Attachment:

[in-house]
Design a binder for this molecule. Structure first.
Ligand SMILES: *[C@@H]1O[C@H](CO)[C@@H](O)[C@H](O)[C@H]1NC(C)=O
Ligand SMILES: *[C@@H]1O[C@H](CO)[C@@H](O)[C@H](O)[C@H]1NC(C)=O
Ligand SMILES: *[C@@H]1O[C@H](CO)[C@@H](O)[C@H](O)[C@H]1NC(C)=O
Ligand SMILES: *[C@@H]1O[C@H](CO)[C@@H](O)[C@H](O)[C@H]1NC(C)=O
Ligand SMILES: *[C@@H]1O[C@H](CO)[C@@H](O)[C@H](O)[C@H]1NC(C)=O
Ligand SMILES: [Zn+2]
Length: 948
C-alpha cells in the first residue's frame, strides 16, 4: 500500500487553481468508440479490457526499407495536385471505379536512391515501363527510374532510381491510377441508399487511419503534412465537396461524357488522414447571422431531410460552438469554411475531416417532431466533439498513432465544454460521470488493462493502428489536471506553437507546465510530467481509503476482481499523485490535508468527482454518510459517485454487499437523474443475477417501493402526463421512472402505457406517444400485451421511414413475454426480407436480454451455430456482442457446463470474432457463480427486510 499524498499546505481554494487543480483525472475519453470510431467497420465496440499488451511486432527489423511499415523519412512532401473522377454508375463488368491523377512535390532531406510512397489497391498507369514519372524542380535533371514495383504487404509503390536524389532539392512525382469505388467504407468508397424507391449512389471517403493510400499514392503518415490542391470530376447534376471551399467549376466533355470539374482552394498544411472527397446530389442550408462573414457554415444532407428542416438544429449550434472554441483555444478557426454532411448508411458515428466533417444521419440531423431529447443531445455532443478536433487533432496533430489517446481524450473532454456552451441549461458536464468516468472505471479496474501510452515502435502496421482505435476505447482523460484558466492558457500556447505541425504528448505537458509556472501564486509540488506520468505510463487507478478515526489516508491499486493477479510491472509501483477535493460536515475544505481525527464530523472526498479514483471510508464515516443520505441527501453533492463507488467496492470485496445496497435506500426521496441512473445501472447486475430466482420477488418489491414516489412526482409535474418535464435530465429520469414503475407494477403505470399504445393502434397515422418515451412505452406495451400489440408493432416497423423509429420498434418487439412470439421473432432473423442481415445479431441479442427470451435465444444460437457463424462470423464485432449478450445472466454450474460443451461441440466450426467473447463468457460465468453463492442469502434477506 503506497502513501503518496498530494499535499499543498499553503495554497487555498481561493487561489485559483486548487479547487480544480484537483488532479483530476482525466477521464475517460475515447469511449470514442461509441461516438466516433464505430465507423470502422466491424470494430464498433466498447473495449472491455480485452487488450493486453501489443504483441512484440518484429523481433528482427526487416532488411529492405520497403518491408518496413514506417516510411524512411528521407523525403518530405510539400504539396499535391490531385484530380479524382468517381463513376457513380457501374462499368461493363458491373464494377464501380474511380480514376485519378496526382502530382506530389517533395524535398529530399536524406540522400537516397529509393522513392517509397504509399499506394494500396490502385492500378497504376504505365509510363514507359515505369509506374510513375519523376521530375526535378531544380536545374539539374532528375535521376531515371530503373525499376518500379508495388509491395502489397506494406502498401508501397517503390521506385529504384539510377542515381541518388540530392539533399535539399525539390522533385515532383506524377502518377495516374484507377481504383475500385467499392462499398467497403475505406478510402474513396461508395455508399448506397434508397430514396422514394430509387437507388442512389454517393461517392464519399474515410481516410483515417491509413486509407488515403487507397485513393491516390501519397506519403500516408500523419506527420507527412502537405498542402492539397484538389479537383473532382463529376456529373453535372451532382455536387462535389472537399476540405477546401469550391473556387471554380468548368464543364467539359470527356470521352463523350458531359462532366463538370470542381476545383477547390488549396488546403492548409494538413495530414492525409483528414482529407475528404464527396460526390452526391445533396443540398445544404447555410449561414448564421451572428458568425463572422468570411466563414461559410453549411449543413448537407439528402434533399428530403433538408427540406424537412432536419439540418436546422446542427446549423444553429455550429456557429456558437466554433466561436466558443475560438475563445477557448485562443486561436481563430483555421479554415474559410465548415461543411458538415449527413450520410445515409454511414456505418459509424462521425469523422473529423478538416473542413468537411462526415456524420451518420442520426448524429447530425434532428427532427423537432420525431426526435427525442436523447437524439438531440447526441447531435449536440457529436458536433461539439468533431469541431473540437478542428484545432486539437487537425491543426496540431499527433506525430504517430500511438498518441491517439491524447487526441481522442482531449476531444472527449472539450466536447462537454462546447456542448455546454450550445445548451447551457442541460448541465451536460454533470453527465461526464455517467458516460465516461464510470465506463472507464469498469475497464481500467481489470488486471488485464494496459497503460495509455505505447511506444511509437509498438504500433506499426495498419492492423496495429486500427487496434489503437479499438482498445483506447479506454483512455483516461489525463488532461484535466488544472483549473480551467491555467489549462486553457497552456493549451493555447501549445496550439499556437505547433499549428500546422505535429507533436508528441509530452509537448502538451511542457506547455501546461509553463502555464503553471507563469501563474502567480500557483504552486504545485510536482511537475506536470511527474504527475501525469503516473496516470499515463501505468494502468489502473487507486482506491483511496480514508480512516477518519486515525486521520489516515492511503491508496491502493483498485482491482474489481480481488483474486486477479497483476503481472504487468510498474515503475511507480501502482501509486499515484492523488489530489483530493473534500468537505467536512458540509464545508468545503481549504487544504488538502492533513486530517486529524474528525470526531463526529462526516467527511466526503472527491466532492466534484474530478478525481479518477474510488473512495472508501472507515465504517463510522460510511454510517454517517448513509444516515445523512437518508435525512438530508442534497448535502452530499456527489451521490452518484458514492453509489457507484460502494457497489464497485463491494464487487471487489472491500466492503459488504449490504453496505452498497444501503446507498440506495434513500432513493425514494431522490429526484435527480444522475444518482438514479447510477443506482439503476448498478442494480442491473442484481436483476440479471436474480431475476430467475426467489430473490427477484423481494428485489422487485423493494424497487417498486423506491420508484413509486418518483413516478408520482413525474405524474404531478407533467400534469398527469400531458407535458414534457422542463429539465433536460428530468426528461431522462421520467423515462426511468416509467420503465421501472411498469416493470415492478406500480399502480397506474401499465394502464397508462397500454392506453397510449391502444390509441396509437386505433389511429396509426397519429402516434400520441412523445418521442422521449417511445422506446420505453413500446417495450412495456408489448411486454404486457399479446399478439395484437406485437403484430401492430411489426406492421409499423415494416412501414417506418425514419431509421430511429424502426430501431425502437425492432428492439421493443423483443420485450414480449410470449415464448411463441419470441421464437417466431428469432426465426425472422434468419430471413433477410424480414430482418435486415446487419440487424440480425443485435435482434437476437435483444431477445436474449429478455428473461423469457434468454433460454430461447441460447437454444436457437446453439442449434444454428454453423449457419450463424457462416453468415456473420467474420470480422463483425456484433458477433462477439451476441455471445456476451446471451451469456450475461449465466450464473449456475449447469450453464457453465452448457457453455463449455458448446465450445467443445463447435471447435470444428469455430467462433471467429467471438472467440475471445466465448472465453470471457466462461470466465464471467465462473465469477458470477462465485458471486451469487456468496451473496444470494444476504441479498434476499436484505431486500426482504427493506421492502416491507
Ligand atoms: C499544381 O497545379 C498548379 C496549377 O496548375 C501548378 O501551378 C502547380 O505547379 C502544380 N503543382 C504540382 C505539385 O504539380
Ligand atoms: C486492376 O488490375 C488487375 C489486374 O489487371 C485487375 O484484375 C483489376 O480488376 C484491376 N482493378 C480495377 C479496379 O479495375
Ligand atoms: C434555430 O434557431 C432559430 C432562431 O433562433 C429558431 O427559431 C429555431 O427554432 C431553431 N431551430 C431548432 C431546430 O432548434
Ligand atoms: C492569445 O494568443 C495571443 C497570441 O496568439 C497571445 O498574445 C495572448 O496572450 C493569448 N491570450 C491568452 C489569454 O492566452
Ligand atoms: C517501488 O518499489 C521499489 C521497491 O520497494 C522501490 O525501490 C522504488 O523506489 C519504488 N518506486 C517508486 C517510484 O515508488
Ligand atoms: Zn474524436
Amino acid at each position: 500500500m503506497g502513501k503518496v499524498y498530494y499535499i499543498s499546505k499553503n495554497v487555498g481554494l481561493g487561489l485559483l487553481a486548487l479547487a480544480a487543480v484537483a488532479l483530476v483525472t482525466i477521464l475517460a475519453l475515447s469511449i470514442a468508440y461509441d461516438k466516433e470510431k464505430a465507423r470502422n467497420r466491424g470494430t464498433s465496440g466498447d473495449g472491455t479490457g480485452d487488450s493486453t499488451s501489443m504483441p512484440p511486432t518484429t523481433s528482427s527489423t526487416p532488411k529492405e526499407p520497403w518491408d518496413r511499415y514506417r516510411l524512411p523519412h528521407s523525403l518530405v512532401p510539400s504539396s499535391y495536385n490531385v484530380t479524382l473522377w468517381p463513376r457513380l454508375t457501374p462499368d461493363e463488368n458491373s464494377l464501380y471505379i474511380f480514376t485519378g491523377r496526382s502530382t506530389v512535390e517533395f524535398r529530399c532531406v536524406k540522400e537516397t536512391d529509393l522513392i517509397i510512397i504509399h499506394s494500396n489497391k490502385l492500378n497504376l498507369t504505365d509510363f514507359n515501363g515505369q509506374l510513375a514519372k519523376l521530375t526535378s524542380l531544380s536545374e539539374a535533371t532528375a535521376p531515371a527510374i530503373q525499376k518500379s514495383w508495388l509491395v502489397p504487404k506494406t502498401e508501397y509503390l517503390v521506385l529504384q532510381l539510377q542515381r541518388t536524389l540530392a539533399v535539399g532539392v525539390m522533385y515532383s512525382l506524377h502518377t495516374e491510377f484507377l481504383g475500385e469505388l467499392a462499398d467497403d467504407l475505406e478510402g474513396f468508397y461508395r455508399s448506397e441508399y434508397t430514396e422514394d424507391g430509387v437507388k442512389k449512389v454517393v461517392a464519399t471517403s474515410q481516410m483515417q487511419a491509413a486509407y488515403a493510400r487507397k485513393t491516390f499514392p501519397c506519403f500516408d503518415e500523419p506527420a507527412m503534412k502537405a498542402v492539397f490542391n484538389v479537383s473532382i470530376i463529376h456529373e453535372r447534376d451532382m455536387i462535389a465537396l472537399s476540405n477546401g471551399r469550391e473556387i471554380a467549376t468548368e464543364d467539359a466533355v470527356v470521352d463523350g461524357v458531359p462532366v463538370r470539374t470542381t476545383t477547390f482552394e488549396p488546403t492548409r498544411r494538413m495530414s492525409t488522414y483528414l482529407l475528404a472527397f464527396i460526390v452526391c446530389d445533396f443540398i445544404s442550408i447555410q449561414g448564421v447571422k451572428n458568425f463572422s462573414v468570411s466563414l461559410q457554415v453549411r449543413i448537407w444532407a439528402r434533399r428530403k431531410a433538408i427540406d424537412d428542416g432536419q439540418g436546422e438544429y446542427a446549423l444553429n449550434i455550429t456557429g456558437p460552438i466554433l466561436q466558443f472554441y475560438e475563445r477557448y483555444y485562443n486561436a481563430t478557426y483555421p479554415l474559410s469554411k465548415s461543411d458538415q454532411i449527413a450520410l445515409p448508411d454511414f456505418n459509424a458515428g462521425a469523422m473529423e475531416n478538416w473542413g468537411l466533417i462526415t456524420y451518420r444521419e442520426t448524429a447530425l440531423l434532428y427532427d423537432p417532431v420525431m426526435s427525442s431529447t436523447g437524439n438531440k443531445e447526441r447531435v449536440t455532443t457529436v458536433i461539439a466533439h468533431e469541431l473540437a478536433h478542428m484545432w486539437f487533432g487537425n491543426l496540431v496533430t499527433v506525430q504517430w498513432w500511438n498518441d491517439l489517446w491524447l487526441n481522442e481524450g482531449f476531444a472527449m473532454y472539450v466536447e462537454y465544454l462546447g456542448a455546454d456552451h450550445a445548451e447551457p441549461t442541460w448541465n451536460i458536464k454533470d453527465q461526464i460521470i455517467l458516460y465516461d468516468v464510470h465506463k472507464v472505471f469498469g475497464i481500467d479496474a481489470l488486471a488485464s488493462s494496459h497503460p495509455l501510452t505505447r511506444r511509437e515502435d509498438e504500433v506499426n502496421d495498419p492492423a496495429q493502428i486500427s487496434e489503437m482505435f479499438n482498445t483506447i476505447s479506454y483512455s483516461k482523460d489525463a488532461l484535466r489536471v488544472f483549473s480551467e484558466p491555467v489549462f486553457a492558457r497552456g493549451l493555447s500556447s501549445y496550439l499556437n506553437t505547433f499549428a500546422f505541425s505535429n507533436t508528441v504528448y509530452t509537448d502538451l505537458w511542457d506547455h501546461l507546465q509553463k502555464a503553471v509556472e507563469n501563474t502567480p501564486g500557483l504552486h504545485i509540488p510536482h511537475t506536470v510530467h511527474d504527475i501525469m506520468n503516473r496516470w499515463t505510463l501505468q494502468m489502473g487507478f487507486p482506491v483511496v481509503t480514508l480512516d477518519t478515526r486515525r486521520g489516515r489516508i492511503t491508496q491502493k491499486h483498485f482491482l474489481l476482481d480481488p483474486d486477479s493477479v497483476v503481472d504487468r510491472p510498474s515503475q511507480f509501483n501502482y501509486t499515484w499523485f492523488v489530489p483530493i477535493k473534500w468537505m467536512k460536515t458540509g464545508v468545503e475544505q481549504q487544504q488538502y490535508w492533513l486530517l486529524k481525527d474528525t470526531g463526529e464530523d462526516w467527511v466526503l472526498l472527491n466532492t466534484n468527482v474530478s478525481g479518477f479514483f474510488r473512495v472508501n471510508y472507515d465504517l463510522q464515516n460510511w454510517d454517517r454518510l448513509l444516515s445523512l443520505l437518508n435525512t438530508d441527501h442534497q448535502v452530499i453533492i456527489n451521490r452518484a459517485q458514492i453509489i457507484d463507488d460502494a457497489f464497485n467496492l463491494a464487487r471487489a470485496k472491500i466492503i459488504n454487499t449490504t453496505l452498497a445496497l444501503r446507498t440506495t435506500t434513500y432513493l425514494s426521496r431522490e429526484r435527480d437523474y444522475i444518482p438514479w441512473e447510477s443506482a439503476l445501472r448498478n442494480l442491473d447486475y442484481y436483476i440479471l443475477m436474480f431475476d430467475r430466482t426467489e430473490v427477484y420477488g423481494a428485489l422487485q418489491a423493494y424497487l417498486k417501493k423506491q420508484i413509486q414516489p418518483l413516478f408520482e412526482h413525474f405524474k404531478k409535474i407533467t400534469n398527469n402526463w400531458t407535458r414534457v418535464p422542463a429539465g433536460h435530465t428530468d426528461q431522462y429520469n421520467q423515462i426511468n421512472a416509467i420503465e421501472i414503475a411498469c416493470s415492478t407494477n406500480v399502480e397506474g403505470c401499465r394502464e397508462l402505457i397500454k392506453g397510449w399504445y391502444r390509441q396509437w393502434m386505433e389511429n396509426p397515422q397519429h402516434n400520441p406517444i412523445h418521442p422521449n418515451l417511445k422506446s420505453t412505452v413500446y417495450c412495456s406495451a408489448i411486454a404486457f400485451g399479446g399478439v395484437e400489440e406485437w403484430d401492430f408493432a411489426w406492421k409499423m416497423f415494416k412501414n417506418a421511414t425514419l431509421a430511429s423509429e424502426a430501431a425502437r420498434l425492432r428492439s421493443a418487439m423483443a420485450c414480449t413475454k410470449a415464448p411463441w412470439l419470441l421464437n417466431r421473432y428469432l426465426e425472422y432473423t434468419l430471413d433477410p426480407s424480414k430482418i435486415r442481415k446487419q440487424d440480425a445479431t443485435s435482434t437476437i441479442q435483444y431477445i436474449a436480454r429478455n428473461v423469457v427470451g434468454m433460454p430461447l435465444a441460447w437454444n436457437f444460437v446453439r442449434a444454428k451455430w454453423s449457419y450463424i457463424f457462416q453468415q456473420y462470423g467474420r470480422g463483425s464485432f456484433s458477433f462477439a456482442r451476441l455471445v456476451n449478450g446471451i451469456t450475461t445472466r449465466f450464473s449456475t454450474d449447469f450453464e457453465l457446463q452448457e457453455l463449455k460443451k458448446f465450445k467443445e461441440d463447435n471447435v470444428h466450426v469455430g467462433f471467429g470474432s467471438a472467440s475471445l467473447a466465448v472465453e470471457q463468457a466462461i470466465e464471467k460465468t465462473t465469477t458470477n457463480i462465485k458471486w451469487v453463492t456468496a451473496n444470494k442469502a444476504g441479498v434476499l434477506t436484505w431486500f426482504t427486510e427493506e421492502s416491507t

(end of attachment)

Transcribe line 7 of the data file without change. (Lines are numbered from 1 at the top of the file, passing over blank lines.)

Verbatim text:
Ligand SMILES: *[C@@H]1O[C@H](CO)[C@@H](O)[C@H](O)[C@H]1NC(C)=O